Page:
#054: Ware the Wendigo
Sunday, 22 April 2018
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Keine Mission. Es ist ein Sammelgegenstand.
About This Item
While working on the Orenda coin a few months back I came across a cautionary tale of Native American folklore about a fantastically terrible beast called the Wendigo. This creature begins as a human, but as some humans do, (s)he falls prey to an all consuming greed to acquire more and more and becomes something else entirely.
The Wendigo, as a mythical beast, is a human who is possessed by an evil spirit and becomes a taker, consumer, hoarder or similar type who becomes obsessed with possessing more. His appetite is never satisfied and the more he eats, the greater his need to feed. He will even resort to cannibalism feeding on others. He grows to gigantic size towering over humans and consuming all in his path attempting to constantly fulfill his appetite, but will never successfully do so until he consumes himself or is destroyed by another. A wonderfully frightening cautionary tale for children to curb them of greedy behavior.
Native Americans also understood the Wendigo as a conceptual issue beyond a cautionary monster tale. They saw the invaders of their land from across the ocean as a Wendigo as well. The people came and took. When they had enough, they took more. They grew quickly and consumed faster and faster often destroying others of their kind in their need to possess more, take more and acquire far more than they could possibly use. They saw the Wendigo as a state of being where humans became out of balance with nature and consumed more than they gave back or cared for nature. They saw this as terrible danger coming where man would consume so much and his appetite would grow so terrible that he would destroy his world and himself in doing so. The Wendigo is a danger of epic proportion that we must consider every day. The footprint we make on this planet and the amount we take must be equal to what we give back to preserve it and by doing so preserve ourselves.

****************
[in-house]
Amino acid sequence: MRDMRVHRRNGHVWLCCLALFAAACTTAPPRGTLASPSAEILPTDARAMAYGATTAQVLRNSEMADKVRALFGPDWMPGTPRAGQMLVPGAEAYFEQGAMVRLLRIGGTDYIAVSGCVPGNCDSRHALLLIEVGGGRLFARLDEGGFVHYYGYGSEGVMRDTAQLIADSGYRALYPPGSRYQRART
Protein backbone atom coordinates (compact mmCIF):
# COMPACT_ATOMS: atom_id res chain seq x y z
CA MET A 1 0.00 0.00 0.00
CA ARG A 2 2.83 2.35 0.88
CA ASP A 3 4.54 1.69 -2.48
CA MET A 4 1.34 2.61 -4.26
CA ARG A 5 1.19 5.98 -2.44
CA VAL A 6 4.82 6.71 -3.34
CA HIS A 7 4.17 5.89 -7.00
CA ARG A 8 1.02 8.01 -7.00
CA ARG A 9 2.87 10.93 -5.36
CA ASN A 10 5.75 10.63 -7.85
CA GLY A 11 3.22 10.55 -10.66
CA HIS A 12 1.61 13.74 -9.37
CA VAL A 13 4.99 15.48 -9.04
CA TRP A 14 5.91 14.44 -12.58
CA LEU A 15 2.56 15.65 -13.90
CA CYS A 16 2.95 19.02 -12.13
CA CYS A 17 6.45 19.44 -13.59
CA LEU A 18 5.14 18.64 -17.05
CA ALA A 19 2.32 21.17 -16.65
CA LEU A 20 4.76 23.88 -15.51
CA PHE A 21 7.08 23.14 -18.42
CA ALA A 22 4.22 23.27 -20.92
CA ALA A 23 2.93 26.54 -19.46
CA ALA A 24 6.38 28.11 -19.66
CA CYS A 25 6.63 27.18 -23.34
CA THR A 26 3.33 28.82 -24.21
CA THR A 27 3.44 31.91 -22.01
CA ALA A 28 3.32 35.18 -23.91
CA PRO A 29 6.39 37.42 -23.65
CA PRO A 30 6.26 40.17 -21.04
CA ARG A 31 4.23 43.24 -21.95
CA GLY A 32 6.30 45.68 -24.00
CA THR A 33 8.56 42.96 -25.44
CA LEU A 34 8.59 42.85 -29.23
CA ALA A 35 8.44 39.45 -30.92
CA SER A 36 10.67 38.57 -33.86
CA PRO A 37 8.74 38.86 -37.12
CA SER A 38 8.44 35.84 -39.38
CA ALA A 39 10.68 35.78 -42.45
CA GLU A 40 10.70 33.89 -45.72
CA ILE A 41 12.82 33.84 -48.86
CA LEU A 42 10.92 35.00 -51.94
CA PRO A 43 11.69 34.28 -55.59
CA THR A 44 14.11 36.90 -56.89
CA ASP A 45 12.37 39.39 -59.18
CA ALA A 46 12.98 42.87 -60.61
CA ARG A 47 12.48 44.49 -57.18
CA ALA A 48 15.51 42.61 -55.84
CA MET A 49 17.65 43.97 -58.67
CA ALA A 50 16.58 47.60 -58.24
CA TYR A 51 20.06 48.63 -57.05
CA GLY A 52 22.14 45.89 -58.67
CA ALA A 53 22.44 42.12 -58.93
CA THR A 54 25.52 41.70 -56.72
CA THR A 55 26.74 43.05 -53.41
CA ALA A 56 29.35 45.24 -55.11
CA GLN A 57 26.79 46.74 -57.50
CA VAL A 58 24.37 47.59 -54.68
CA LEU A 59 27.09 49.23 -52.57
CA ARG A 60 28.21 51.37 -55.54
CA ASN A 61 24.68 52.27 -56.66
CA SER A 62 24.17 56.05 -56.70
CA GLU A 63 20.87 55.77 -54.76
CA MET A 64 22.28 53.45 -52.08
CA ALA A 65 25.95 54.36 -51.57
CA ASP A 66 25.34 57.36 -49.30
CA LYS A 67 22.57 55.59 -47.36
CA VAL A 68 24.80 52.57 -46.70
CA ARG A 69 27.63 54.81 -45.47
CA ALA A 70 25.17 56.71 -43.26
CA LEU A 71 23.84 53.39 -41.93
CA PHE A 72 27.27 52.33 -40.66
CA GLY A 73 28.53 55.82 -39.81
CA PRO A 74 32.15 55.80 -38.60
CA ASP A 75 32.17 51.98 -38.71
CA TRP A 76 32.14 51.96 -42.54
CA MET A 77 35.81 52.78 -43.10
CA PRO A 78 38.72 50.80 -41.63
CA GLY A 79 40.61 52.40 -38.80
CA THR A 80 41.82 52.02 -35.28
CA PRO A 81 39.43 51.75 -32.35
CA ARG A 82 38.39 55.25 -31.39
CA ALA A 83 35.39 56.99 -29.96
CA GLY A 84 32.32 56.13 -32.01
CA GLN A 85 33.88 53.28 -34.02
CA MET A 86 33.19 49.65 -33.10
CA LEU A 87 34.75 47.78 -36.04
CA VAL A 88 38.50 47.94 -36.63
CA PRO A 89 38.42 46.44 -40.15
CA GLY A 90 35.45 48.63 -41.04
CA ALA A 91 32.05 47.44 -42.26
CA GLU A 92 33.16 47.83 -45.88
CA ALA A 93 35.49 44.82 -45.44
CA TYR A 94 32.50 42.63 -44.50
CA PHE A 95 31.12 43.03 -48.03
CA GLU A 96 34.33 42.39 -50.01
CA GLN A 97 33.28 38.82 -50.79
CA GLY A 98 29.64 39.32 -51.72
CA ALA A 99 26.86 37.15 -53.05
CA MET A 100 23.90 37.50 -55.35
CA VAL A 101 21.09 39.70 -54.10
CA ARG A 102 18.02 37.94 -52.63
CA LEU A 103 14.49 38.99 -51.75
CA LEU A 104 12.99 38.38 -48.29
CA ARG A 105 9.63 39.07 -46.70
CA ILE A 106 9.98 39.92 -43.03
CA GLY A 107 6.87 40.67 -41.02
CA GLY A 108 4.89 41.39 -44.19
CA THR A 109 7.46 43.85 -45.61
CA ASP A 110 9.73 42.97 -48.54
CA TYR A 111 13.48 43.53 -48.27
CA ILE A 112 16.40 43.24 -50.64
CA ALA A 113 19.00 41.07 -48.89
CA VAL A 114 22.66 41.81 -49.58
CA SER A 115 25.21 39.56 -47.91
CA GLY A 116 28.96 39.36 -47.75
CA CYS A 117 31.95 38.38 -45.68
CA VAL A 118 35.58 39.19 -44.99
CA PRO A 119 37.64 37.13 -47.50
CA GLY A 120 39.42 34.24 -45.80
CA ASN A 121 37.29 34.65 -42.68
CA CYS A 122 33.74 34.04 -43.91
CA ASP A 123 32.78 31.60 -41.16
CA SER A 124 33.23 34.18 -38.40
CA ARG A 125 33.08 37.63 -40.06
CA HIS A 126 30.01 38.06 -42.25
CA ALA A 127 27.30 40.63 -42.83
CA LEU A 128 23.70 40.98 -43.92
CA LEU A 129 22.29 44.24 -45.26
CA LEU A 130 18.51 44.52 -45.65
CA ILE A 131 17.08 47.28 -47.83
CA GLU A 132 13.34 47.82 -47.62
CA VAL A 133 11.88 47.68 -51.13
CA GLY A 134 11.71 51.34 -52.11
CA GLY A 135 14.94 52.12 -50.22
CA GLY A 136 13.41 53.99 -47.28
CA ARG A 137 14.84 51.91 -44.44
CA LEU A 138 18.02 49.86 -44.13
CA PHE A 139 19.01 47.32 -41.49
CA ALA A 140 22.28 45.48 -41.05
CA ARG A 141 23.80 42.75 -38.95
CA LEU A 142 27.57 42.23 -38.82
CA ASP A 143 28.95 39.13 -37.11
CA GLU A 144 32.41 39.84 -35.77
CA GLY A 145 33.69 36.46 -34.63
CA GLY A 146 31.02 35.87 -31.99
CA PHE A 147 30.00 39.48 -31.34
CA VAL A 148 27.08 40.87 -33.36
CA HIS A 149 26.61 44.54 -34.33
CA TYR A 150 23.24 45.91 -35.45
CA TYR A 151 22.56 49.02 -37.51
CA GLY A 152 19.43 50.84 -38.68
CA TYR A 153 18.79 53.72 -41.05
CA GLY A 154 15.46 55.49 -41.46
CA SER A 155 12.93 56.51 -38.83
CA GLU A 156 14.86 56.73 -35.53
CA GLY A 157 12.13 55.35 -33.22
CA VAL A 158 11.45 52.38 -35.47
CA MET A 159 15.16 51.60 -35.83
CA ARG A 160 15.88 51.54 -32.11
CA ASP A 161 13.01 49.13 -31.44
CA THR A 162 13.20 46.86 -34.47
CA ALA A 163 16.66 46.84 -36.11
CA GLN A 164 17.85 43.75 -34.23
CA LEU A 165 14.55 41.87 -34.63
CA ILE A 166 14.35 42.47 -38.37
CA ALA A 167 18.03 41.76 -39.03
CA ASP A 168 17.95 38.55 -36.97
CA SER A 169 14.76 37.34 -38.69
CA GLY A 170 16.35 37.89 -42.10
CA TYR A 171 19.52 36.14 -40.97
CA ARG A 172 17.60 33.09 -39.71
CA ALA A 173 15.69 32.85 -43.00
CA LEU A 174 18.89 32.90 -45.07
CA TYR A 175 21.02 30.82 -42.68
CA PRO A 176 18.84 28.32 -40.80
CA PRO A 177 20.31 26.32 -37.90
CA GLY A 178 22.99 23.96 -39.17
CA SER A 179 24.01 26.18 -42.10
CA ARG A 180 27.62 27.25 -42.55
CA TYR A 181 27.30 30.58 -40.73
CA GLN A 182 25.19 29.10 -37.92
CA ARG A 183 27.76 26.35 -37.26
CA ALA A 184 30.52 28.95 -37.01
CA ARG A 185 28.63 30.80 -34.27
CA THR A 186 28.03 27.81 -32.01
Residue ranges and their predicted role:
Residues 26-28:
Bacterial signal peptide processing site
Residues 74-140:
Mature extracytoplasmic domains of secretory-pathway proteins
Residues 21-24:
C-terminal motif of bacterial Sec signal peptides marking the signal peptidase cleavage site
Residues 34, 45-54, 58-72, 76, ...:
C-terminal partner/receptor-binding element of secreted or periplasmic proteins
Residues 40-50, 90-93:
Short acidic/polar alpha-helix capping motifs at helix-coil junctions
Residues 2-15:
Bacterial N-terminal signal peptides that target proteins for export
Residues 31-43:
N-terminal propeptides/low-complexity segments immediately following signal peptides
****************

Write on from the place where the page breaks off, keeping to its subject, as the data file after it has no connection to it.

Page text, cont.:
The word ware is older than the word beware and broader in it's meaning. It means to be aware, wary and cautious. Not to be afraid of becoming Wendigo so much as to more specifically have the idea in mind at all times, to constantly judge our own actions and be self-reflective in our impact in the world. Stay in balance. Give back as you take. Care for your world. Protect it. Defend it. Respect it. Even Revere it. Ware the Wendigo.
On the face side of the coin we see the Wendigo pushing it's way into the world despite the protective diagram of warding surrounding it. The symbols of Spider, Arrowhead and Turtle enforce and strengthen the protective ward, but the Wendigo continues to try and push forward spewing his noxious breath that reeks of a newly opened grave with the rot of death. On the reverse side we see Wheel of Life depicting the 4 stages of maturity in a human. At each stage humans are reminded to Revere, Protect, Defend and Respect their world. A ward of protection with the symbol of personal balance, the Orenda, is at it's center. The various flora of the forest grow out from the center as a reminder that we owe our very existence to the world that protects us.
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